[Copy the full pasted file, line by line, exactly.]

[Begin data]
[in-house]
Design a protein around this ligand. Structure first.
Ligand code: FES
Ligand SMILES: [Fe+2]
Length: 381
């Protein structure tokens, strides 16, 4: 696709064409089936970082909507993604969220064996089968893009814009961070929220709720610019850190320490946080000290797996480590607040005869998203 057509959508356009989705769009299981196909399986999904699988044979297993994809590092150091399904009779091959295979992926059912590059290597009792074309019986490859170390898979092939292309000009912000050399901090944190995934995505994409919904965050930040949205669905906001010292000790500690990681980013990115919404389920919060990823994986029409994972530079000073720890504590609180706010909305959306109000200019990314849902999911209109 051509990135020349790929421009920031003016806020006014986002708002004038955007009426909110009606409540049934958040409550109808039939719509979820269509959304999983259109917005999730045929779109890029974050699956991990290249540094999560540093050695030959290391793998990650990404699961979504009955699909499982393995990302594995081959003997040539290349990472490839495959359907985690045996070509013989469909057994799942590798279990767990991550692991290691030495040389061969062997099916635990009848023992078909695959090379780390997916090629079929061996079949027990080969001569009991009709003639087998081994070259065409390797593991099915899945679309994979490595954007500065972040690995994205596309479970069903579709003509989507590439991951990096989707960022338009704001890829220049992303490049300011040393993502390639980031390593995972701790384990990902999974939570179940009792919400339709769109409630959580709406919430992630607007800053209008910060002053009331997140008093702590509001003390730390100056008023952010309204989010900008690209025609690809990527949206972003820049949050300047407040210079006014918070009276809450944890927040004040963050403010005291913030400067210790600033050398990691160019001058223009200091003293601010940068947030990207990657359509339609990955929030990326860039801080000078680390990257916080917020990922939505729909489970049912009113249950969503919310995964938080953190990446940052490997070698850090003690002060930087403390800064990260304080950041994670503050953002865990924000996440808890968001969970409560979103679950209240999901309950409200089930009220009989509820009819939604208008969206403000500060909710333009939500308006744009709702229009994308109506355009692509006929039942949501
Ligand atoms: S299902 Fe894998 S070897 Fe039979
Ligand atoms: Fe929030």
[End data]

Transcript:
[in-house]
Design a protein around this ligand. Structure first.
Ligand code: FES
Ligand SMILES: [Fe+2]
Length: 381
């Protein structure tokens, strides 16, 4: 696709064409089936970082909507993604969220064996089968893009814009961070929220709720610019850190320490946080000290797996480590607040005869998203 057509959508356009989705769009299981196909399986999904699988044979297993994809590092150091399904009779091959295979992926059912590059290597009792074309019986490859170390898979092939292309000009912000050399901090944190995934995505994409919904965050930040949205669905906001010292000790500690990681980013990115919404389920919060990823994986029409994972530079000073720890504590609180706010909305959306109000200019990314849902999911209109 051509990135020349790929421009920031003016806020006014986002708002004038955007009426909110009606409540049934958040409550109808039939719509979820269509959304999983259109917005999730045929779109890029974050699956991990290249540094999560540093050695030959290391793998990650990404699961979504009955699909499982393995990302594995081959003997040539290349990472490839495959359907985690045996070509013989469909057994799942590798279990767990991550692991290691030495040389061969062997099916635990009848023992078909695959090379780390997916090629079929061996079949027990080969001569009991009709003639087998081994070259065409390797593991099915899945679309994979490595954007500065972040690995994205596309479970069903579709003509989507590439991951990096989707960022338009704001890829220049992303490049300011040393993502390639980031390593995972701790384990990902999974939570179940009792919400339709769109409630959580709406919430992630607007800053209008910060002053009331997140008093702590509001003390730390100056008023952010309204989010900008690209025609690809990527949206972003820049949050300047407040210079006014918070009276809450944890927040004040963050403010005291913030400067210790600033050398990691160019001058223009200091003293601010940068947030990207990657359509339609990955929030990326860039801080000078680390990257916080917020990922939505729909489970049912009113249950969503919310995964938080953190990446940052490997070698850090003690002060930087403390800064990260304080950041994670503050953002865990924000996440808890968001969970409560979103679950209240999901309950409200089930009220009989509820009819939604208008969206403000500060909710333009939500308006744009709702229009994308109506355009692509006929039942949501
Ligand atoms: S299902 Fe894998 S070897 Fe039979
Ligand atoms: Fe929030």